With this in mind Trodat has launched its new Professional 4.0 stamp. Billed as ‘Stronger. Cleaner. Faster’, it’s made of polished stainless steel to maximise stability and durability, while keeping size and weight to a minimum. The company claims its innovative finger protection ensures ink-free hands when replacing the cartridge. In addition, special grip zones on the feet make it easier to compress the stamp and an improved band drive offers faster and more precise date setting. Like its predecessor, it’s also climate neutral, having been manufactured using renewable energy sources and a high percentage of recycled material.
Andreas Poimer, Trodat’s Head of International Marketing and Product Management, explains the philosophy behind its continuing focus on R&D: “For success in a mature sector like ours product innovation is key. This means precisely understanding the needs of our target groups – both those of the end-user and all the distribution and manufacturing levels in between. Detailed market research and rigorous testing of prototypes are vital before we launch a new product. The development of the Professional 4.0 was based on customer insights that we gained from research in countries all over the world.”
On the topic of innovation, Colop has taken a technological leap and become the first manufacturer to bring 3D stamping to this sector. Using augmented reality and a mobile app for smartphone or tablet users, the traditional 2D stamp imprint now has an additional dimension. Says Ratzenberger: “We’re using a technology called Augmented Reality Stamp Imprint to add digital value to customers and bring stamps right up to date. Our popular motivational stamps used in school books are one of the first products to use this idea – a star, for example, jumps off the page, smiles and turns around, turning an exercise book into a full 3D experience and injecting more fun into school life for children.”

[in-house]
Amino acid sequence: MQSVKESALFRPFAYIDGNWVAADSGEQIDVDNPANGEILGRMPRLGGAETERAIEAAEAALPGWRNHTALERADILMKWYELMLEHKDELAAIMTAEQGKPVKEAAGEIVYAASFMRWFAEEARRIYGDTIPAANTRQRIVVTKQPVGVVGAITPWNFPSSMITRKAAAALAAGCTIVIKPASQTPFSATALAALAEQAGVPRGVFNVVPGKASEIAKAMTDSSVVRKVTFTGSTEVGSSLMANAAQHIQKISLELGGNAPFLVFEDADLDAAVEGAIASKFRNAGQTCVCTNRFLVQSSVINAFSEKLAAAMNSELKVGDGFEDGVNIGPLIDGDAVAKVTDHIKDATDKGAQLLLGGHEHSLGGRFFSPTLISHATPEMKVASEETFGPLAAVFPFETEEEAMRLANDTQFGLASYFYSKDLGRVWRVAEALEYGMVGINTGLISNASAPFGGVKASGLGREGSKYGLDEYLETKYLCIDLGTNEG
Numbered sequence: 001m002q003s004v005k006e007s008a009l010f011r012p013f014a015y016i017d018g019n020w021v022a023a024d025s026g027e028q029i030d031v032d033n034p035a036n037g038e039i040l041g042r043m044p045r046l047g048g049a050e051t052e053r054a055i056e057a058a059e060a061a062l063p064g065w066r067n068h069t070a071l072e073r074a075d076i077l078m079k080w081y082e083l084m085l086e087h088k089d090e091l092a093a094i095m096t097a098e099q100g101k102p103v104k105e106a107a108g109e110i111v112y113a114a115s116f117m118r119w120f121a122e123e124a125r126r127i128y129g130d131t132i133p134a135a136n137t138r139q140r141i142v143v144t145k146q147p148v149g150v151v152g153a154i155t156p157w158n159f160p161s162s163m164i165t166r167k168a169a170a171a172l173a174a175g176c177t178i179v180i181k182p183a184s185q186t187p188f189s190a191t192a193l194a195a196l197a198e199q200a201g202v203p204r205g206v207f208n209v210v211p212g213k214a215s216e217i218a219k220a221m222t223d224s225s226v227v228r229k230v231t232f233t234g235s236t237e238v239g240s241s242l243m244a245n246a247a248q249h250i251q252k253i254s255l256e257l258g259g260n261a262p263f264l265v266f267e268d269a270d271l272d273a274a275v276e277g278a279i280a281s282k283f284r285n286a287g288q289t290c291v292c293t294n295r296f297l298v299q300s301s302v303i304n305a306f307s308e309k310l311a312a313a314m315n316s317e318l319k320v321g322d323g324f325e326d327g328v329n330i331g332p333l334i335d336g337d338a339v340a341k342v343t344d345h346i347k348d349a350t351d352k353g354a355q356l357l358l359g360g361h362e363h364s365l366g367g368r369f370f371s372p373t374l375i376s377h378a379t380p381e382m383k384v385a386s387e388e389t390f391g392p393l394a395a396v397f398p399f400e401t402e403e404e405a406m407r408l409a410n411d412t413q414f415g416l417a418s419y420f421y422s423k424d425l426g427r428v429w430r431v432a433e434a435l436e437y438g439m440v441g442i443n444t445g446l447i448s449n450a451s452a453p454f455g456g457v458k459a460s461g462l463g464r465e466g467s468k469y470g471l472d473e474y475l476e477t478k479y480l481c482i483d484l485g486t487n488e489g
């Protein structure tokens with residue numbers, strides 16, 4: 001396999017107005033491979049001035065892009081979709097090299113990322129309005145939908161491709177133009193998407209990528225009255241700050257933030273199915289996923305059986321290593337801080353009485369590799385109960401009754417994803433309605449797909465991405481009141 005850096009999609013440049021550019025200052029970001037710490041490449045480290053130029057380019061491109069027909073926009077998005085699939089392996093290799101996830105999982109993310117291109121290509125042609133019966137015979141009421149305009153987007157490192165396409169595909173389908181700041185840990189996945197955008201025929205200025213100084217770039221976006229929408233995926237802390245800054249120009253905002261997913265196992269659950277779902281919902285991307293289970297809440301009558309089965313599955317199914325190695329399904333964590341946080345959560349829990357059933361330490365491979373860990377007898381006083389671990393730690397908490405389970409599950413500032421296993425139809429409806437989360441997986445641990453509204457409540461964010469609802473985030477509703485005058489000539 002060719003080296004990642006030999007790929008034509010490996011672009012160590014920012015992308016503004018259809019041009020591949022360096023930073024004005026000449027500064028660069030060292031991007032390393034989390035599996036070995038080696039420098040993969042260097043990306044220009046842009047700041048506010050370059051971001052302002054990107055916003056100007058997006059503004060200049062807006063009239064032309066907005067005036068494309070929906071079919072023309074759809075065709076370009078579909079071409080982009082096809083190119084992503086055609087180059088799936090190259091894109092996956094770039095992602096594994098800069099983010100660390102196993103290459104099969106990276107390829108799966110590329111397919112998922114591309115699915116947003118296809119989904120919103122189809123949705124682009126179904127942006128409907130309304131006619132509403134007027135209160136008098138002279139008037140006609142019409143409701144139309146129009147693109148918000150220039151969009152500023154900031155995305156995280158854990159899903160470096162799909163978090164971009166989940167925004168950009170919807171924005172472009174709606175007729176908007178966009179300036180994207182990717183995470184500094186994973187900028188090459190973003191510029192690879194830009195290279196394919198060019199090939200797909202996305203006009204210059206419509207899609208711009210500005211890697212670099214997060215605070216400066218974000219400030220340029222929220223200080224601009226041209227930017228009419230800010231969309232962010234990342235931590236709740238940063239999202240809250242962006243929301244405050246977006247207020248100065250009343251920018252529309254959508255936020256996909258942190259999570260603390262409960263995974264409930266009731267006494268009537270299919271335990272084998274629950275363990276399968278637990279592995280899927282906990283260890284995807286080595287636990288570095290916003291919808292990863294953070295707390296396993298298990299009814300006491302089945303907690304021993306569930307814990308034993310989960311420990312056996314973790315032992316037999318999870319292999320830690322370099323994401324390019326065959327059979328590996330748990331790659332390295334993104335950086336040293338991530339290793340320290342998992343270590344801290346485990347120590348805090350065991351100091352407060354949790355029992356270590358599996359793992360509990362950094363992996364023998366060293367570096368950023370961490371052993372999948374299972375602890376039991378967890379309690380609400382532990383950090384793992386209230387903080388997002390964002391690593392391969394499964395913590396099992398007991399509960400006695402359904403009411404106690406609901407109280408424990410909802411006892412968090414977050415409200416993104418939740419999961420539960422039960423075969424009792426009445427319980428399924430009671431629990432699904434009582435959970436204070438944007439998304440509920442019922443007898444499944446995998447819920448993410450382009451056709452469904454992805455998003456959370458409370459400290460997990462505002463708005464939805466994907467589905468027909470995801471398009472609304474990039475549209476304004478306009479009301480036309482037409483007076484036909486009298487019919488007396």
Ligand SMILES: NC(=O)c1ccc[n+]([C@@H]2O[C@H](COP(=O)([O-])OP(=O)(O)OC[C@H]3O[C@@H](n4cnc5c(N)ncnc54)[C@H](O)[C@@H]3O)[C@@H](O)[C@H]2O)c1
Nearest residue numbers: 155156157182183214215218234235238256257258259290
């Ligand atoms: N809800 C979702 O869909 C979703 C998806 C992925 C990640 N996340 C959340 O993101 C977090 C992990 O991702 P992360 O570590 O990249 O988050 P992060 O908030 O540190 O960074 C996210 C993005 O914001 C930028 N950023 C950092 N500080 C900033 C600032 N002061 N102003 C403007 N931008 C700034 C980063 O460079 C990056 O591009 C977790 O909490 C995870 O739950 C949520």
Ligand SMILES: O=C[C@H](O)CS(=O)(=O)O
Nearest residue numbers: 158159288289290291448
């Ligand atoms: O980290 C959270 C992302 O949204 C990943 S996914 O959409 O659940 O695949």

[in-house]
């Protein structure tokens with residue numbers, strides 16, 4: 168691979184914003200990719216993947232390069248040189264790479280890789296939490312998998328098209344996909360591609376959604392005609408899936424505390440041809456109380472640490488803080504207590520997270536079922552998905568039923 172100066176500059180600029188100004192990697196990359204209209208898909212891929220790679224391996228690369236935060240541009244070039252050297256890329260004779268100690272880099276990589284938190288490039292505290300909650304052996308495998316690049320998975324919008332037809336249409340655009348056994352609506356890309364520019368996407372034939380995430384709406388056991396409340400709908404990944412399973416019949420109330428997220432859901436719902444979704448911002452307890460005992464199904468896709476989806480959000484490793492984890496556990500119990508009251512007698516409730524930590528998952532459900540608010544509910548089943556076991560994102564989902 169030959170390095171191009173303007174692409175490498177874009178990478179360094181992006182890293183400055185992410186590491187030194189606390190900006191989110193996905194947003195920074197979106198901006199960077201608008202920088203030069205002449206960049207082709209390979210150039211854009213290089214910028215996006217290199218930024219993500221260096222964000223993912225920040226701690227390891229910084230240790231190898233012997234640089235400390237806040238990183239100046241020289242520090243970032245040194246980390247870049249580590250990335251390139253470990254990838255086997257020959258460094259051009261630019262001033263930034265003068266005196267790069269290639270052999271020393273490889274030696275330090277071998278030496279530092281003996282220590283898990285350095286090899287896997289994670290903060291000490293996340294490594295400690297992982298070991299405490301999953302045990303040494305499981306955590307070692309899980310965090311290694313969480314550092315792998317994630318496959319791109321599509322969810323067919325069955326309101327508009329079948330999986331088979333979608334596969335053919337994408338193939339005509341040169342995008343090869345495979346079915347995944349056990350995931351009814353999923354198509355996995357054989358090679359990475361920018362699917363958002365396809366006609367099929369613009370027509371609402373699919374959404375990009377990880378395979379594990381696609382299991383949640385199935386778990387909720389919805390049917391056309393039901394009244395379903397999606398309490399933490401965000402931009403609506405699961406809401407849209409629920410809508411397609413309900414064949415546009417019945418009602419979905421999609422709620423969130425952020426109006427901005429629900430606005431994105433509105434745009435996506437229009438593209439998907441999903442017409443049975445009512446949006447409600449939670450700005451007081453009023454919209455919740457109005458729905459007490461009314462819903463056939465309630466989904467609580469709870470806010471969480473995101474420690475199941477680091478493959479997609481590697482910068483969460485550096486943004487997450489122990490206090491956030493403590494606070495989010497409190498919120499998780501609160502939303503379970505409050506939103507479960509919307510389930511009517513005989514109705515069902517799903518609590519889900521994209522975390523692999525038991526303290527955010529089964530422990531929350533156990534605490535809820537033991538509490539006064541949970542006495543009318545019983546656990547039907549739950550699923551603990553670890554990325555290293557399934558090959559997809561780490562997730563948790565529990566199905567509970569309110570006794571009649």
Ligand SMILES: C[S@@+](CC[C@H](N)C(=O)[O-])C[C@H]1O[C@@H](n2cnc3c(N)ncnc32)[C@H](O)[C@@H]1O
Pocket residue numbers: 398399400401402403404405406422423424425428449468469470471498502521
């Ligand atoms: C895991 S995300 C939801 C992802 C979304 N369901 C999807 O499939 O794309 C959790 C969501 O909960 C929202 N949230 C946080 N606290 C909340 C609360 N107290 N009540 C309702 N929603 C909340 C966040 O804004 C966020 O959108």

Other developments at Colop include the introduction of a new Green Line model, together with a special edition stamp aimed primarily at women. Both products have sought to keep the advantages of their predecessors, particularly their extremely low weight.
“The Green Line started in 2008 with the range being regularly extended,” says Ratzenberger. “The products are all made using 75% recycled materials, but the latest model – a heavy-duty stamp in classic black with a green cover – is made almost entirely of recycled plastic.
“In a separate development, because we know that more than half of all stamp users are actually women, we’ve focused the design of our special edition model on aspects that we hope will appeal to female users. Its new look – a white handle and base, with a turquoise cover – and the stamp’s light weight, improved ease of use and comfortable handle have all been well received by its target audience.”
At Trodat, Poimer is a little more guarded about future innovations the company has in store: “It’s obvious that digitisation has been harming the development of the traditional office stamp and we’ve now rearranged the structure of our organisation so that it’s better geared to an innovation-friendly philosophy. This has already led to the creation of a pipeline of projects that will see us moving away from the classic stamp and into different applications and fields to what you see today. However, at the moment I can’t reveal further details.”
It’s clear that more interesting new products are on the way and there appears to be plenty of life left in the stamping sector.